Two Cheers for California's Cable Franchise Reform

Consumers get more choices for Internet, cable and phone services

The market for cable television and broadband services may experience a significant change if a bill recently passed by the California Assembly becomes law. The legislation, A.B. 2987, sponsored by Assembly Speaker Fabian Núñez (D-Los Angeles) and Assemblyman Lloyd Levine (D-Van Nuys), would reform the anachronistic cable franchise system by eliminating the costly practice for providers of obtaining cable franchises city by city. The change is intended to open up cable competition to telephone companies and others and offer consumers greater choice and lower cable bills.

Several other states have passed similar cable franchise reform laws, and the U.S. House of Representatives just last week passed legislation (H.R. 5252) that would allow companies to apply for a nationwide television service license.

Currently, a cable provider would need to gain the approval of over 500 separate franchises from local governments to provide service across the entire state. The TV franchising process alone typically takes 6 to 18 months, resulting in significant costs. Reduction of these costs is expected to open up competition, leading to greater choice and reduced prices for cable television, high-speed Internet access, and Internet-based phone services.

A 2005 study analyzing FCC data on competitive and noncompetitive cable markets found that subscription rates for basic and expanded basic services averaged 16 percent less in competitive markets. In addition, a January 2006 Bank of America study concluded that when new competitors have entered a cable market, existing providers have dropped prices by 28 to 42 percent. Moreover a 2006 Phoenix Center study estimated that if cable competition were to be delayed another four years, consumers will end up spending $30 billion more nationwide than under a more open market with franchise reform, including $3.1 billion just in California.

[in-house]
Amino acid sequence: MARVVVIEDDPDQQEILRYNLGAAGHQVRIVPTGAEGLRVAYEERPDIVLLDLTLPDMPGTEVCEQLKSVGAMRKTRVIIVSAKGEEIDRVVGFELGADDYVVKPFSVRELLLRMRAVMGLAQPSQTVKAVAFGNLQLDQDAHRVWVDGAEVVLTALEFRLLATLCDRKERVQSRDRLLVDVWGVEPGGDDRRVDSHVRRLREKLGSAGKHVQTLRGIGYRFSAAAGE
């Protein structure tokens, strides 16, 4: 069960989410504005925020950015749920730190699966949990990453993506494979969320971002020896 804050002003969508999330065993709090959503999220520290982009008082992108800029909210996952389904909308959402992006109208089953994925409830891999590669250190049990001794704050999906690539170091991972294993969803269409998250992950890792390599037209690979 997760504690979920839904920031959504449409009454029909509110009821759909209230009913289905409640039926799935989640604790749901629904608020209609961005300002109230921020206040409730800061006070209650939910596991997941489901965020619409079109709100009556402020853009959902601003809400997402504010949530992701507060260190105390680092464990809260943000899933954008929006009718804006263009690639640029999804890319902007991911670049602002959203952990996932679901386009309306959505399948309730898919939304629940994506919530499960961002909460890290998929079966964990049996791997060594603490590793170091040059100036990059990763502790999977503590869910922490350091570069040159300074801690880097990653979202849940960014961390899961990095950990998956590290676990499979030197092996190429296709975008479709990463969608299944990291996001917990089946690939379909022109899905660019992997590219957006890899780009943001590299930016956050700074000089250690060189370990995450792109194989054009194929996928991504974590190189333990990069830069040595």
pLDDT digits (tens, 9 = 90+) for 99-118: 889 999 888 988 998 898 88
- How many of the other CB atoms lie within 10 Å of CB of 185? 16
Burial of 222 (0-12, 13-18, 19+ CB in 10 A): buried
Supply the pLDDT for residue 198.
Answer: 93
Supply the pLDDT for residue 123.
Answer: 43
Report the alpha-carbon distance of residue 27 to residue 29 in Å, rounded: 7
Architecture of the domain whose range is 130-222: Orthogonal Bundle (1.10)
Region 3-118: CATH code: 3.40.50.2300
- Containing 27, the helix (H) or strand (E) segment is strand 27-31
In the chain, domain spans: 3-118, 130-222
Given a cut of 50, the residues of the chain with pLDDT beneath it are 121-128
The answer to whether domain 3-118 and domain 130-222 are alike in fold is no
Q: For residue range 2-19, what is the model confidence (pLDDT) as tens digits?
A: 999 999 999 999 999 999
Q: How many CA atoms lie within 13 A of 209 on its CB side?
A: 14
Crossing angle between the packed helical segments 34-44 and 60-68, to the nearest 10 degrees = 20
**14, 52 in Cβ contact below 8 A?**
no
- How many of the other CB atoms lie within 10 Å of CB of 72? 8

Even though Congress prohibited local governments from granting exclusive franchises after December 4, 1992, monopolies persist in most areas because of the artificially high barriers to entry caused by unnecessary existing regulations. Today, only a few areas of the state have multiple video operators, largely because of the high costs to enter the market. It should come as no surprise that cable rates have increased nationally by 86 percent over the past 10 years, while voice and data services have realized significant price decreases.

The benefits of A.B. 2987 notwithstanding, it is not without its drawbacks. While it eliminates the city-to-city quest for franchise approval, instead of abolishing the practice altogether, it centralizes franchise approval authority in the Department of Consumer Affairs. Thus, providers still must seek the government's permission to conduct business.

Cable providers will also still be subject to numerous "public interest" regulations. They would still be forced to carry a number of "public, educational, and government" channels (or contribute a portion of their gross revenues to support such programming) that their viewers may not want or that may not be economically justifiable. Furthermore, government will continue to dictate where providers may offer their services through "anti-redlining" provisions that force providers to offer all services to all areas, not just higher-income neighborhoods. Competition makes this less of a concern today than it did 30 or 40 years ago anyway, but companies should have the right to do business where they want and to offer new or higher-quality services to higher-income areas to test new technologies and more quickly recoup their investment costs. After all, digital and on-demand cable service is hardly an unalienable right!

Perhaps the greatest concern, however, is that the concentration of franchise power in the state could actually lead to higher franchise costs and more burdensome regulation in the long run. One of the common complaints of cable and telephone companies is that local governments often engage in extortion by conditioning franchises on payments for numerous pet projects or social causes that may have nothing to do with the franchisee's business. The possibility arises that. if the state is experiencing a budget crunch or an influential politician has a program he wants others to pay for, a cable company could not do business within the entire state unless it agreed to pay the requisite tribute.

While A.B. 2987 represents a step in the right direction, it does not address the heart of the problem: government regulation itself. Replacing one set of regulations with another set of slightly more efficient or less burdensome regulations is always welcome, but in this case doing so still preserves the general regulatory structure that has led to artificially high prices and has stifled both consumer choice and cable and broadband investment. To truly benefit consumers and businesses, policymakers must strike at the root of the problem and eliminate such unnecessary regulation altogether.

Adam B. Summers is a policy analyst at Reason Foundation. An archive of his work is here and Reason's telecom research and commentary is here. This column originally appeared at the Libertarian Perspective.

Adam Summers is Senior Policy Analyst





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